The Fair Labor Standards Act (FLSA) is a federal law that outlines various rules and regulations relevant to employment in America; one of the employment classifications covered by the FLSA is joint employment.
What is Joint Employment?
An individual is considered to work under a joint employment scheme when they are hired into an organization and work for more than one company or agency. Often a joint employment scheme occurs when an employee was brought on to a company in a specific capacity and then through their original employer are led to work for another company. Subcontracting is another common term used to denote this type of employment situation. Other examples of joint employers include companies that are closely related and share common policies or owners of companies that make decisions as to policies and implementation for a company.
How does Joint Employment Affect Employees?
At the beginning of 2020, the Department of Labor issued new rules on joint employment. These rulings are important as they provide insight on how and when employees can pursue action against employers who are abusing these guidelines. Employers with joint-employer status maintain the ability to fire and hire employees, make employee schedules, set employee pay rates, and keep records. If both employers are considered joint employers, both employers must have the ability to make these decisions. If only one employer fits these standards, but the secondary employer takes advantage of an employee’s time and does not properly compensate the employee, there may be a violation. These complex standards get increasingly more difficult to parse through when an employee requests leave under the FMLA.
When considering how employers must comply with the FMLA, figuring out which employer is the primary and secondary is crucial. Specific responsibilities are designated to each employer in a joint employment situation, and employees should be protected by these guidelines.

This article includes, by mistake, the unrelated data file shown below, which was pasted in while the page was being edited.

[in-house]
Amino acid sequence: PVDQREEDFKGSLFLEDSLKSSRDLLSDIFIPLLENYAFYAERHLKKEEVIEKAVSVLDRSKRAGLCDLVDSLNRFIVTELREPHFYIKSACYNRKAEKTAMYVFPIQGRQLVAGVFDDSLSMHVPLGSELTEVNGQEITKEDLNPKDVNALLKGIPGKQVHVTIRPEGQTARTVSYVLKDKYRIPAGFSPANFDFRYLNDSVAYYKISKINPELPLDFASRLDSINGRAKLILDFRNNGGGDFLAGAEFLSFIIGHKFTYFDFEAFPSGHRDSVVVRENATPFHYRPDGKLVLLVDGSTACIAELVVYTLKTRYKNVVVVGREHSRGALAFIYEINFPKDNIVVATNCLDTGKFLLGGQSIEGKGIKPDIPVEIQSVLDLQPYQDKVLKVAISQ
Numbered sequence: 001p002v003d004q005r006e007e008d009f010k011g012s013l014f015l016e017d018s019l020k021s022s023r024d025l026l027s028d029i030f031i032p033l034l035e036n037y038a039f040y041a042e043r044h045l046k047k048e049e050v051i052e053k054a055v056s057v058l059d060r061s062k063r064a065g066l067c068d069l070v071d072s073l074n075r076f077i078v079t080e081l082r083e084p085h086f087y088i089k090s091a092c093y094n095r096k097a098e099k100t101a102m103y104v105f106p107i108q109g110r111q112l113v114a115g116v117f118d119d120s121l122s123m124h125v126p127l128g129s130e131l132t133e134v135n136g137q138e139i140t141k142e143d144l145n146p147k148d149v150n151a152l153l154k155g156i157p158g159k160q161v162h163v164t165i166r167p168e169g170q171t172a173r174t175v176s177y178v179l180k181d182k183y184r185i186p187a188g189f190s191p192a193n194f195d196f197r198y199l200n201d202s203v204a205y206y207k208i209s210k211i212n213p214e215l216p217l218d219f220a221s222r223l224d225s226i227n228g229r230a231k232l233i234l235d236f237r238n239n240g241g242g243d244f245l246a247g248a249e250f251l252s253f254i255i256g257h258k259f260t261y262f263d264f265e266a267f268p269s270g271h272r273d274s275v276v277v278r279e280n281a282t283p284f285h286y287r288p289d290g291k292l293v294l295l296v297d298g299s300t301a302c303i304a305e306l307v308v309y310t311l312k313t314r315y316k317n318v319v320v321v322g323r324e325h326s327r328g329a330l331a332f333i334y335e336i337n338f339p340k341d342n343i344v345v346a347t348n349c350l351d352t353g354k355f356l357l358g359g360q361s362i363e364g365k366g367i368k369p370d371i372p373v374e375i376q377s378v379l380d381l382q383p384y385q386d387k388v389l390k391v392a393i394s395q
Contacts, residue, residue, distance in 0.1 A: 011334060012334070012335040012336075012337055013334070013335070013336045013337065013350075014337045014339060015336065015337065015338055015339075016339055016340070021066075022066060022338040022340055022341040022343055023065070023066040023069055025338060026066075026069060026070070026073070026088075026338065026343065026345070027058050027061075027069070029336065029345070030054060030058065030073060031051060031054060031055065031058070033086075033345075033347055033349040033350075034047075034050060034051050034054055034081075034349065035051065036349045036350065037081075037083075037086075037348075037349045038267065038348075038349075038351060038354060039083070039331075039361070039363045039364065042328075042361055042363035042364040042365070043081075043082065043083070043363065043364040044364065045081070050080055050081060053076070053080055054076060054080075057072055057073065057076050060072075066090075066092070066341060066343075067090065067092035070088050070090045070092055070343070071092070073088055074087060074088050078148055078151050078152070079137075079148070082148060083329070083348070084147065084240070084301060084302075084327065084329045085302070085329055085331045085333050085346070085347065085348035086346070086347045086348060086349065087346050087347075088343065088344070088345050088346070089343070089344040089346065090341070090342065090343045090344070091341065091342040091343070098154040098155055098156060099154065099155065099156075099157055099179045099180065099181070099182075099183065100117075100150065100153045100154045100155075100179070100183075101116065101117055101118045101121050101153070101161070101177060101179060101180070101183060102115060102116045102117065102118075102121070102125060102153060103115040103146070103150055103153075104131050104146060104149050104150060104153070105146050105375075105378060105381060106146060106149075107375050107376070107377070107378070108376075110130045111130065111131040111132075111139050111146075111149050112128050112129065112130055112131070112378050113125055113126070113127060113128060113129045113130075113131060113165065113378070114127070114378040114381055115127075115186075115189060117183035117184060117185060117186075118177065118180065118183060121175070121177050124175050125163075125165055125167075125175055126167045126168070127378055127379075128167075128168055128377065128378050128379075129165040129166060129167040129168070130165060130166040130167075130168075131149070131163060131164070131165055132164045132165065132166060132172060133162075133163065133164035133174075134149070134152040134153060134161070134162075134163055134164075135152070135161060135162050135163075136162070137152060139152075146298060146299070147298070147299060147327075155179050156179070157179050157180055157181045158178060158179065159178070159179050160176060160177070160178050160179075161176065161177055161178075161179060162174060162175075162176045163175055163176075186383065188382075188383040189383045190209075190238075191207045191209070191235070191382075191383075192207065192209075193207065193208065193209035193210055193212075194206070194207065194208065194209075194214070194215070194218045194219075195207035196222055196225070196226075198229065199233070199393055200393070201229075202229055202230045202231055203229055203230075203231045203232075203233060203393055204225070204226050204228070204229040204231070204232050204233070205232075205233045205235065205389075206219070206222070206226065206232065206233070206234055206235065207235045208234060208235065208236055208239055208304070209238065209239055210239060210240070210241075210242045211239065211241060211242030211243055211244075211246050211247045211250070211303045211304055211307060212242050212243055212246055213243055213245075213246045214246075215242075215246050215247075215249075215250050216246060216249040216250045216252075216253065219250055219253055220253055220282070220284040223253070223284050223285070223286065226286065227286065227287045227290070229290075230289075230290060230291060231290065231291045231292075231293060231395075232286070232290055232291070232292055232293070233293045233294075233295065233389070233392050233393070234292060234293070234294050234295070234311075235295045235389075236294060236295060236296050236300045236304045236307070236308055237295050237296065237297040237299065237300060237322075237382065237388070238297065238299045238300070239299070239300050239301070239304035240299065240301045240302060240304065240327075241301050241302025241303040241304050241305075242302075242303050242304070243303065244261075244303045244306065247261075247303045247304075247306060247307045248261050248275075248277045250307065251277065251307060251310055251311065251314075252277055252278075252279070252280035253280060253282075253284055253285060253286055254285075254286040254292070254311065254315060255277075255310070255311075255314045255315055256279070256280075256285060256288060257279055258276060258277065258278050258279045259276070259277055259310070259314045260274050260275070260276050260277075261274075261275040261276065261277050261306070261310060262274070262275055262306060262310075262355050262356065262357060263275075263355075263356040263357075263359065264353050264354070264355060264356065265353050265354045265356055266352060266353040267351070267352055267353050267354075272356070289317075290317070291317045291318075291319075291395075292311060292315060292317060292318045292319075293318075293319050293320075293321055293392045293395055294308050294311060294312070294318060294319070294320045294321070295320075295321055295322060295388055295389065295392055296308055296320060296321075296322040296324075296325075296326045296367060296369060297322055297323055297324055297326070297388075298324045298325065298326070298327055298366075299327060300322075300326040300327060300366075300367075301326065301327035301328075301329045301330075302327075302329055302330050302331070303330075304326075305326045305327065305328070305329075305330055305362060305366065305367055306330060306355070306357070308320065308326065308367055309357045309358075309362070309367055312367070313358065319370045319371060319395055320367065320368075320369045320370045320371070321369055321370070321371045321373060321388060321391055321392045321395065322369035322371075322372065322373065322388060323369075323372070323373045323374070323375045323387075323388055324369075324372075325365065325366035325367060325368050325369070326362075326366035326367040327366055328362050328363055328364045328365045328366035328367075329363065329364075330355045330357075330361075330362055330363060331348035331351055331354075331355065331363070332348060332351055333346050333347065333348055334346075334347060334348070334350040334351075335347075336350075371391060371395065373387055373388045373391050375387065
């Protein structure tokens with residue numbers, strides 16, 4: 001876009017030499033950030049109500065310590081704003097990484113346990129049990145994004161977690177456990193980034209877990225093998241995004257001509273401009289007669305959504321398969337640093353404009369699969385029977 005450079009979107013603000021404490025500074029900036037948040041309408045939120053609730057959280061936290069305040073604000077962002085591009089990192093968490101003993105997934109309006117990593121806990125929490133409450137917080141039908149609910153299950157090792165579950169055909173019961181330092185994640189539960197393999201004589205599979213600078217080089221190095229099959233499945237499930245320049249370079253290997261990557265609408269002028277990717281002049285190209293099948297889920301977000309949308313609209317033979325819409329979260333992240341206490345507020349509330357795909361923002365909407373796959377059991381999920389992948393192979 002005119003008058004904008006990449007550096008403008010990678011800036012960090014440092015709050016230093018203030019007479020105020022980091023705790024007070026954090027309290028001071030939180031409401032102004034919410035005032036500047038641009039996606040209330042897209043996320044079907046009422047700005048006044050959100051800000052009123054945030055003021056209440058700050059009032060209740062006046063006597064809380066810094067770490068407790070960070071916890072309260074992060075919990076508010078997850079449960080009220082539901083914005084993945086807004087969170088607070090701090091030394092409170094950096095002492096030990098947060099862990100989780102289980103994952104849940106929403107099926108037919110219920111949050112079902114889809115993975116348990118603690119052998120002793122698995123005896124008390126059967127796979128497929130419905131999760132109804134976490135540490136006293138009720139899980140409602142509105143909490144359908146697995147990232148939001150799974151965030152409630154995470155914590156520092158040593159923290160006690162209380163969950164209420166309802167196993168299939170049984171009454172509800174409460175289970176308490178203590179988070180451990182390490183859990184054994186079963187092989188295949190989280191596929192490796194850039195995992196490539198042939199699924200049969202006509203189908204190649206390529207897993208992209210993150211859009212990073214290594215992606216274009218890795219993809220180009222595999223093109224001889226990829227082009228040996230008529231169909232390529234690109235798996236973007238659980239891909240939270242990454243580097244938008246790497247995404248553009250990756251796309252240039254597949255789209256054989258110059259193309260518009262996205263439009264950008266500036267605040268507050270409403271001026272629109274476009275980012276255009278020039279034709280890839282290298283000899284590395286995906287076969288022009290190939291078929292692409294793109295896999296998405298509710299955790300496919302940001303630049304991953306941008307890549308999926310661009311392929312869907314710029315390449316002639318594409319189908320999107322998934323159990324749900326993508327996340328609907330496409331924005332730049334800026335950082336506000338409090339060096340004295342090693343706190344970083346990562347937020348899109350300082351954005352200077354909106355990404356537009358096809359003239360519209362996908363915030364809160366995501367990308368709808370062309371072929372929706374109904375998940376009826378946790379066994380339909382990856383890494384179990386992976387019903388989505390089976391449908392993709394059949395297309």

Primary employers in a joint employment arrangement must:
- Approve an employee’s request for FMLA
- Continue providing insurance benefits to the employee on FMLA
- Upon an employee’s return, continue to employ them in the same capacity or a similar capacity with penalization
- Maintain proper documentation
Secondary employers in a joint employment arrangement must:
- Permit FMLA benefits to qualifying employees
- Maintain proper records during an employee’s FMLA, including payroll and other identifying data
- Upon an employee’s return, give the employee their job back or a similar position without penalization
Most importantly, an employee should remember that an employer cannot retaliate against individuals who request or take FMLA.
How Might This Affect Employment during COVID-19?
Like with many areas of employment law, the laws surrounding joint employment may become difficult to interpret during the COVID-19 pandemic. Some employees may find their workplaces shifting to this model to avoid reopening. Know your rights and stay vigilant during these trying times. Contact an FMLA attorney if you believe your employers are abusing this model.